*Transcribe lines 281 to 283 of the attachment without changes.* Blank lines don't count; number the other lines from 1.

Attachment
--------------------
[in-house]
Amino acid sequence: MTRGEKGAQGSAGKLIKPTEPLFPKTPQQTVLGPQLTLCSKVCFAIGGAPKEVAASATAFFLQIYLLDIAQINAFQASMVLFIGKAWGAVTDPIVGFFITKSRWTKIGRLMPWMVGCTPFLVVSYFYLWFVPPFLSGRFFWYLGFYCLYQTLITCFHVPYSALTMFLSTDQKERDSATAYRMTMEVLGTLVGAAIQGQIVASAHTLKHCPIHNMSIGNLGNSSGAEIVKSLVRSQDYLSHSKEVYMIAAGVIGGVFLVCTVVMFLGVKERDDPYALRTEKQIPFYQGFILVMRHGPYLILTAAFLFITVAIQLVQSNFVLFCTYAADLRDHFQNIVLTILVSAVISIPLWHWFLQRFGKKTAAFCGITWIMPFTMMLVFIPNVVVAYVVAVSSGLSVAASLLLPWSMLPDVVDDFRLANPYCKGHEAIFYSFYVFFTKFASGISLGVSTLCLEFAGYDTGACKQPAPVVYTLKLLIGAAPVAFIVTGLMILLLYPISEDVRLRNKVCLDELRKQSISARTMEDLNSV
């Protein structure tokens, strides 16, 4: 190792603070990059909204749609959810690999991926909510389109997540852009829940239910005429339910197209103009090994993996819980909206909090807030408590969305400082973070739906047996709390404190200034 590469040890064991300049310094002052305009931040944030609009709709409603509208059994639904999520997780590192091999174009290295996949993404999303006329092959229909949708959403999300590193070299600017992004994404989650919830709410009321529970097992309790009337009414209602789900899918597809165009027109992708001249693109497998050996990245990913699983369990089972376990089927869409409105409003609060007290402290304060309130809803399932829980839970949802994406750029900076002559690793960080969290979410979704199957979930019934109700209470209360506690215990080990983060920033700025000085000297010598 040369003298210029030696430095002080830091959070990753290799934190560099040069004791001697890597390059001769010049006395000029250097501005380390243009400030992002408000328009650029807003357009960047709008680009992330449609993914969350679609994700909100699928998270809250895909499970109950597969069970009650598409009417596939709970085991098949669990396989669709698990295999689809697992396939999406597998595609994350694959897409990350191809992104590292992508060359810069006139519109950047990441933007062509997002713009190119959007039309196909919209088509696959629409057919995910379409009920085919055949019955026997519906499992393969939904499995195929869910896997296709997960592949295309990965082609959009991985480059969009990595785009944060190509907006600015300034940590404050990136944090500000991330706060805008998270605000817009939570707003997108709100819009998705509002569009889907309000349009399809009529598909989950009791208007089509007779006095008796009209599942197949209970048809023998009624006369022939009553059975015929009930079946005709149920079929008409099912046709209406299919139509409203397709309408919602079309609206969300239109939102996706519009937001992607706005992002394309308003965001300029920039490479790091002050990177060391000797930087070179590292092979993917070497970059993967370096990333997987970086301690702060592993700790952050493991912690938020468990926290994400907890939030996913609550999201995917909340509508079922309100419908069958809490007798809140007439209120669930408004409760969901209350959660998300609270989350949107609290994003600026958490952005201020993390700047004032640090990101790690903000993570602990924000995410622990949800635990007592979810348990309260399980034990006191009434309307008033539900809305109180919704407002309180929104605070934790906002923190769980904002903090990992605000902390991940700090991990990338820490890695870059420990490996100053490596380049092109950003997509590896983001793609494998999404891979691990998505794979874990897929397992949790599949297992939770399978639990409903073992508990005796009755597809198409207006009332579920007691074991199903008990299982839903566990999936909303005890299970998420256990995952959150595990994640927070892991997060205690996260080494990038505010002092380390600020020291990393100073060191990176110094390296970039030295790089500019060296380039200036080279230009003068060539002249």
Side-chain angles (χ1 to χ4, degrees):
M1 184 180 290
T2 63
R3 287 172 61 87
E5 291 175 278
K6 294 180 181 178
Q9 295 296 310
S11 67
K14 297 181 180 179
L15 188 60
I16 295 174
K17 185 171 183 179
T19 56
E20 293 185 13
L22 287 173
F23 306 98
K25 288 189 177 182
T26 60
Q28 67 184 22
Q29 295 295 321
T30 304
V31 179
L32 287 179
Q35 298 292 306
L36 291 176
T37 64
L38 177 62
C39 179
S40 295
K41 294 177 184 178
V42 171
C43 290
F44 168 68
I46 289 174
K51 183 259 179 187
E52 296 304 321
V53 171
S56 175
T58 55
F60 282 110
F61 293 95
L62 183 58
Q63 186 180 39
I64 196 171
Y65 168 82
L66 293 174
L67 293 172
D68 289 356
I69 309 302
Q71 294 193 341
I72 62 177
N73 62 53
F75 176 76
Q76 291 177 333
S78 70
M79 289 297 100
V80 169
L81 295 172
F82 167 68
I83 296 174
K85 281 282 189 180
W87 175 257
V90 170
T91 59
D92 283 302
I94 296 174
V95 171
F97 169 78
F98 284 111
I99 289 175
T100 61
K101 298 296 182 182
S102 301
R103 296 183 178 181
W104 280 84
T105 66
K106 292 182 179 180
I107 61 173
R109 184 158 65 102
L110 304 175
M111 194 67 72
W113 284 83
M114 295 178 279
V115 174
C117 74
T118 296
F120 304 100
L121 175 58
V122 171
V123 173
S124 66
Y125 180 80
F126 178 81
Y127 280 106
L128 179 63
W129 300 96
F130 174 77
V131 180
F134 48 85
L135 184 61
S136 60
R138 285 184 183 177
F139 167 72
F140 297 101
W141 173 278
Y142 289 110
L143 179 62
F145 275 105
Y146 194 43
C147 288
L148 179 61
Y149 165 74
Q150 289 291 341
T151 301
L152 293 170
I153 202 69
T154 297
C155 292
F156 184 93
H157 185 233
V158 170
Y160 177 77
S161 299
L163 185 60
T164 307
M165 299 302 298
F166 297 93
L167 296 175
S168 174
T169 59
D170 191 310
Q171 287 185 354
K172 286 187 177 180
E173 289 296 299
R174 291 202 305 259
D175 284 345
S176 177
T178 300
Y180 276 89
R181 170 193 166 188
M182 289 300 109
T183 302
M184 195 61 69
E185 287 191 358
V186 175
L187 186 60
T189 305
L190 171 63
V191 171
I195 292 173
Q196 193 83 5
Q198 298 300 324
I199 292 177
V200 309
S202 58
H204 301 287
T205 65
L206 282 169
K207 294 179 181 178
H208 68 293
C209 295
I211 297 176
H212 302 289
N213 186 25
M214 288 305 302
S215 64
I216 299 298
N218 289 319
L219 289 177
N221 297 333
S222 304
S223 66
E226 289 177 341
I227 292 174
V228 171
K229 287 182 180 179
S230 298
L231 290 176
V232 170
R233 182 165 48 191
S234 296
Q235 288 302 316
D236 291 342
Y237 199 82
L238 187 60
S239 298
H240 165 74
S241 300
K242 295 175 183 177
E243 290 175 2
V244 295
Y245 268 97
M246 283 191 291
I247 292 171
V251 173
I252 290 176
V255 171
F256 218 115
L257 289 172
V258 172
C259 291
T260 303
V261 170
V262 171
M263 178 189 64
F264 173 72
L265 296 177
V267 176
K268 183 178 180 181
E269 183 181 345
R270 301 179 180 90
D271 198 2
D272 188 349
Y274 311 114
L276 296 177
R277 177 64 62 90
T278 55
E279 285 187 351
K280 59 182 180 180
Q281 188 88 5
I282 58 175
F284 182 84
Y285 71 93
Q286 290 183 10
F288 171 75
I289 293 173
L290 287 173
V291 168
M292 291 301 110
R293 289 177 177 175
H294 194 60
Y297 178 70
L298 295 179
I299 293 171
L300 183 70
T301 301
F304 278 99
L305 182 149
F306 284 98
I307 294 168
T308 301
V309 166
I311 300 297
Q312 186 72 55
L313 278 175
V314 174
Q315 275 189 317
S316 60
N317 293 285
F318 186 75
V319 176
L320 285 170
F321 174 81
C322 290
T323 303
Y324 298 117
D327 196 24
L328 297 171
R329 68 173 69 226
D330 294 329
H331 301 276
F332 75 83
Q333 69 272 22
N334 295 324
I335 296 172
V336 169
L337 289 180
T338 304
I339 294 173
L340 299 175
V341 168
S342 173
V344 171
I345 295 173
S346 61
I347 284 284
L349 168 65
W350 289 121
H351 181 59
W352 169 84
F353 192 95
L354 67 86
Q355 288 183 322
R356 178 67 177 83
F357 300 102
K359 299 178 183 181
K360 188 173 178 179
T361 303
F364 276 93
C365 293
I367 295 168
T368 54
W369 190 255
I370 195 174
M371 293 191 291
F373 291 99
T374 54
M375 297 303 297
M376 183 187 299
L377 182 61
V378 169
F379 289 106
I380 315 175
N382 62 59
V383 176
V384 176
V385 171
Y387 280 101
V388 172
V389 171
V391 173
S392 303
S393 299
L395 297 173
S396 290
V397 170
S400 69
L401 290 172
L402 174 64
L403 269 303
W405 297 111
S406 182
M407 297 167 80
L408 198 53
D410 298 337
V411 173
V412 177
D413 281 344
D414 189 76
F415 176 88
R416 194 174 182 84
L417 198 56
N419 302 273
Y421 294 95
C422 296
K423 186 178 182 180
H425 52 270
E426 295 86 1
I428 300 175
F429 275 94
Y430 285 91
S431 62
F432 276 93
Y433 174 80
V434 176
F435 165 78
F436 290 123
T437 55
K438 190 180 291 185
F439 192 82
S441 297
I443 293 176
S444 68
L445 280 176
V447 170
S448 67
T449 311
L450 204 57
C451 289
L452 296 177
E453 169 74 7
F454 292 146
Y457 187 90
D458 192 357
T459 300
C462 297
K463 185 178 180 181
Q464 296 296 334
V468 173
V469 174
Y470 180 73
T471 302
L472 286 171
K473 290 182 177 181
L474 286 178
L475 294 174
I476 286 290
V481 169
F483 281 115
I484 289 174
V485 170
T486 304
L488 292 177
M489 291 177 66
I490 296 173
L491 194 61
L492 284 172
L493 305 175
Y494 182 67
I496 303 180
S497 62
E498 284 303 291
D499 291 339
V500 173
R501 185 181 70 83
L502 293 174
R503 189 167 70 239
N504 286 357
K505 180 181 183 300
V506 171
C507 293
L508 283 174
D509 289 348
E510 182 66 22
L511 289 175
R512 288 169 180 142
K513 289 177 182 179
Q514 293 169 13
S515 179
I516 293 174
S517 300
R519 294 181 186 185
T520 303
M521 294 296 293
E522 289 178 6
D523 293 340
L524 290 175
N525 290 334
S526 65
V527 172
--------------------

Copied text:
W350 289 121
H351 181 59
W352 169 84